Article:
So things are pretty active in the last thread, but I am getting a bit lost in all the comments there, so I’m going to separate one thread and post on it separate. I used an example of looking at an object and trying to distinguish between p-qualities and s-qualities. I think Levi’s response was especially enlightening in terms of trying to flesh out our disagreement on the matter, but before we get to it, Nick noted, commenting on my remark that I am not sure how much our perception really changed with scientific revolution, something I am not really certain about, just a thought:
I think this is a debatable point as well, but off-hand I can think of two pieces of evidence that science has actually changed our perception – one, the bizarre mathematics involved in cutting-edge physics, which model . And two, psychological experiments showing that unperceived visuals (e.g. a word flashed too quickly for one’s consciousness to pick it up) are real and have effects. Both of these examples are, in principle, impossible for us to ever experience, and are only possible with the aid of scientific instruments.
I think this is an interesting observation as such and I do not necessary disagree. Levi adds,
As Nick points out above, both relativity and quantum mechanics required new forms of mathematics that are quite remote from the mid-range “objects” of our phenomenological lived experience. Likewise, I have often referred to the Haldron super-collidor and others like it, which require very complex computer programs to even track the data. When I use the term “observation” I am not, generally, referring to the phenomenological act of looking (because I think the evidence is pretty strong that the phenomenological level of experience is a cognitive construction), but to all these techniques involving measuring, technology, and experiment.
Ok, so I will say just a few things here to take an opportunity to discuss this without getting lost in our thread on p- and s-qualities. Right away I would like to say that I know very little about the most recent scientific gadgets, discoveries or colliders, i.e. I am not an expert and I apologize ahead of time for my amateurish language yet stil I think I can handle this philosophically.
When we say that scientific instruments are giving us a new type of experience, and not just a new type of data, I think we are going too far and this is why: the difference between a sophisticated particle collider and Galileo’s telescope is of degree of data we are receiving, we are thinking about, not a new type of experience per se. In a sense, I would claim, it is as impossible to experience a simple sum (7+5=12) as it is to experience “unvisualizable, multi-dimensional space-times” – if I am yokel living in a remote part of the country, your elegant prove that the sum of all the angles in a triangle is two right angles will impress me immensely (right before I blow your hear off with my gun because you damn did tresspassed on my property), but there’s no magic here, just advanced human knowledge. You demonstration will be clearly outside of anything I’ve ever experienced in my “phenomenological lived experience,” but hardly a new type of experience? It will be a new experience, not a new type of experience.
I’m open to any comments here, I’m sort of thinking aloud here.
Let me give you one example that I immediately thought of when I read your comments – Sextus Empiricus cites Democritus who allegedly said something like this:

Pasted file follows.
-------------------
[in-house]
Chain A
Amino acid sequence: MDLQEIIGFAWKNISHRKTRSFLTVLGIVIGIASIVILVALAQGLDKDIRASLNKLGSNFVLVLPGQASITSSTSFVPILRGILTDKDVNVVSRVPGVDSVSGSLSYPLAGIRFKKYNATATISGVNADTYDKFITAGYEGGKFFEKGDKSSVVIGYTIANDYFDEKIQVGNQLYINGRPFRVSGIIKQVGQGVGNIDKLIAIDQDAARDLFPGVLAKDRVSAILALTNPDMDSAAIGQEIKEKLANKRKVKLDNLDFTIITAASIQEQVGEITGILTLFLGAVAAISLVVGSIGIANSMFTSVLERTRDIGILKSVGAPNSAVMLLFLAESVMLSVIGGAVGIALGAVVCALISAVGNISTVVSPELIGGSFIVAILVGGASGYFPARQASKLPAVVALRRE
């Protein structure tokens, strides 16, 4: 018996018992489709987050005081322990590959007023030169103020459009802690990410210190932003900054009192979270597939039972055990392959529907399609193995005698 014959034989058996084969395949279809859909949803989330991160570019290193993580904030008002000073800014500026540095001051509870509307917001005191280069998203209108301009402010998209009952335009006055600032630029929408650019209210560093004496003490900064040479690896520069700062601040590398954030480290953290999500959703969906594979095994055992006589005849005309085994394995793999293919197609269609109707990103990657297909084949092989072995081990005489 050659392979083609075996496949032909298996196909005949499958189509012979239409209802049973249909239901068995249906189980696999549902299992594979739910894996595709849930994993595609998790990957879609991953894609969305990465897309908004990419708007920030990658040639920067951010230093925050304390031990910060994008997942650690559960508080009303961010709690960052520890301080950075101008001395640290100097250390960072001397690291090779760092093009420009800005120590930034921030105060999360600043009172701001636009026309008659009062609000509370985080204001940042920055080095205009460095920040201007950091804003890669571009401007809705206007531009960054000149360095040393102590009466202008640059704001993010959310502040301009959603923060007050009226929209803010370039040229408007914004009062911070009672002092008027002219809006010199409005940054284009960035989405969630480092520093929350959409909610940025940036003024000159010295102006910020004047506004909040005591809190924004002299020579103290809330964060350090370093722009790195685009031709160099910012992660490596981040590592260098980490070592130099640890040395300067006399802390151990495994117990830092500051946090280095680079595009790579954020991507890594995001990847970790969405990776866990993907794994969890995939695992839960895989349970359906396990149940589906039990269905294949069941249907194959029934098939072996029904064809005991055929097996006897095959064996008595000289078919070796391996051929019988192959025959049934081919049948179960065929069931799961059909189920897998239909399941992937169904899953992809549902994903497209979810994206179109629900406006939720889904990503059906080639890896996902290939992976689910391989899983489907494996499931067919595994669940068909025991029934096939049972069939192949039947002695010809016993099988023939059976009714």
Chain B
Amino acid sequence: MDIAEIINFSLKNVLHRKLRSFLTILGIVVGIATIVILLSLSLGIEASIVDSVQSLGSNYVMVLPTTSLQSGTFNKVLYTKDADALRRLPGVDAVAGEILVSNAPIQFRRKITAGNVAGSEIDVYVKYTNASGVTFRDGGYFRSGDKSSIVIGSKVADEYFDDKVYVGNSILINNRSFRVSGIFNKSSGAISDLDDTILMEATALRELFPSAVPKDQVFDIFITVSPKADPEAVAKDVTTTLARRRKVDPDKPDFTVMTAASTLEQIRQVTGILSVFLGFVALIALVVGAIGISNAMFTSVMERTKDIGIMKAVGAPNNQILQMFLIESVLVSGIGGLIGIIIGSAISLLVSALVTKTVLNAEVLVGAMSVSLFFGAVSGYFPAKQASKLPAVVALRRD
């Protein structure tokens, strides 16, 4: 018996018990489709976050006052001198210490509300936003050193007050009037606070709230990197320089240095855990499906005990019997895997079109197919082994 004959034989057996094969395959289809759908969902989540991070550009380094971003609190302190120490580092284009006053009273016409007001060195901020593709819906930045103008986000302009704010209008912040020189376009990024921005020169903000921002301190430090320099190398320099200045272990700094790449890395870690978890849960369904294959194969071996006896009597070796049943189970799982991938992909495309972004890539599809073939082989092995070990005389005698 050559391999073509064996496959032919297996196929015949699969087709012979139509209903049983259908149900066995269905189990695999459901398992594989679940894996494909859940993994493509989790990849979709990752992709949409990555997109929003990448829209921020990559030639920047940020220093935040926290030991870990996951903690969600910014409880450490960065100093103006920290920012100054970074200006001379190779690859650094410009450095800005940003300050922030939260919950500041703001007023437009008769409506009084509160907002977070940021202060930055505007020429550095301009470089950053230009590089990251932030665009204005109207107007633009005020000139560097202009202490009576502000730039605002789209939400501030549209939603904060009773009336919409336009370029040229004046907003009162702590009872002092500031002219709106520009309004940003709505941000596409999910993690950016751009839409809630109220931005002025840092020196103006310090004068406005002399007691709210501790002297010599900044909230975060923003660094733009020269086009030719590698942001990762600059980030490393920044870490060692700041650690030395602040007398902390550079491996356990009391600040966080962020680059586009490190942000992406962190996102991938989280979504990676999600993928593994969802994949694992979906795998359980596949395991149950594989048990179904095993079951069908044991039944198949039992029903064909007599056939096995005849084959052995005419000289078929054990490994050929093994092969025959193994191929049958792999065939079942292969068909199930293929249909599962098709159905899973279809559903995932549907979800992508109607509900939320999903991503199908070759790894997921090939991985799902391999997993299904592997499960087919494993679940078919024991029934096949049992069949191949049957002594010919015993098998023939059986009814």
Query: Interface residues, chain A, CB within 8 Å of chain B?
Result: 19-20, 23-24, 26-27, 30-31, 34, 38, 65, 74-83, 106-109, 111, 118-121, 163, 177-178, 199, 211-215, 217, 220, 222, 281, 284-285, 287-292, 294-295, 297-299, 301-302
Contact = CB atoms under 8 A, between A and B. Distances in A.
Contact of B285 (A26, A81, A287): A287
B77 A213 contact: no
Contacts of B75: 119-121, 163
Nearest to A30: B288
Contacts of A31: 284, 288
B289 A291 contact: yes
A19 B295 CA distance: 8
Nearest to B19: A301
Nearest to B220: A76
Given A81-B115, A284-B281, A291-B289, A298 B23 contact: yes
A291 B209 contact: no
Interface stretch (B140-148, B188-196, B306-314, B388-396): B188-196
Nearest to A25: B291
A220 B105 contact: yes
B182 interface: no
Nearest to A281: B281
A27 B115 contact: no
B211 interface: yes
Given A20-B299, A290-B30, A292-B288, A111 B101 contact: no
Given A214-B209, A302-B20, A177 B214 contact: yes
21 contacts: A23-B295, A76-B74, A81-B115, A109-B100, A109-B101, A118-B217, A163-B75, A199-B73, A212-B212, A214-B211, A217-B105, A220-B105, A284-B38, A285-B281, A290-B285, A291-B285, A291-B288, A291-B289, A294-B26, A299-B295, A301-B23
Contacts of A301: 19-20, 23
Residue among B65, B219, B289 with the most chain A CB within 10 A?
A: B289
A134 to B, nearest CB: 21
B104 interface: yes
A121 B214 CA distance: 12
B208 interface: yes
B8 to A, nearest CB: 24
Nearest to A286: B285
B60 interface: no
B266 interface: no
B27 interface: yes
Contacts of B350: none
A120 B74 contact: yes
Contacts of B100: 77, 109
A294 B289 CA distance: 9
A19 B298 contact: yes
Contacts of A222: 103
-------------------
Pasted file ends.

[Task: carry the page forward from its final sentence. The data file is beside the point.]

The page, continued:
[Click on the picture to see the large image, the book I take it from is found here]
Now, without going into much detail about the historical situation and so on, the question I have is this: clearly Democritus had no access to any of the sophisticated machinery of contemporary sciences, and clearly there were all sorts of views of reality, but somehow he managed to get it right – there are only atoms and the void, everything else looks the way it looks to us – which leads me to Levi’s objection:
Now maybe you have just chosen this example to illustrate your point, but I’ve noticed that you often speak in the phenomenological register when discussing these issues. For example, in the passage quoted above you speak of “looking”. Now, in my view, the phenomenological register is purely correlational. In the phenomenological register, we find not things-in-themselves but objects as they are for-us. As a result, I don’t think we find primary qualities in the phenomenological register.
Ok, let’s say I am talking about a phenomenological register. So to return to my example, all of the 10 qualities of an object that we were able to record are s-qualities, because in order to – I’m struggling to choose a verb here – see? experience? find? know? think? none fits because these are all verbs describing my phenomenological register.
The reason that I don’t think we find primary qualities in the primary register is because it seems fairly evident to me that we either require technological instruments to encounter these properties or mathematical formalizations.
The problem remains – it is I who am using the technological instrument to encounter a property, even if this property is only visible with a microscope, and it is I who am going to encounter these p-properties, even if with a help of complex mathematical formalizations. The issue for me is still very much clothed in a Kantian approach – it doesn’t matter how sophisticated your scientific instruments or theories are, in the end, it’s going to be a human who will be theorizing the p-primary qualities. That is why Kant has a neat distinction between “knowing” (s-qualities) and “thinking” (p-qualities, if you want to call them that way).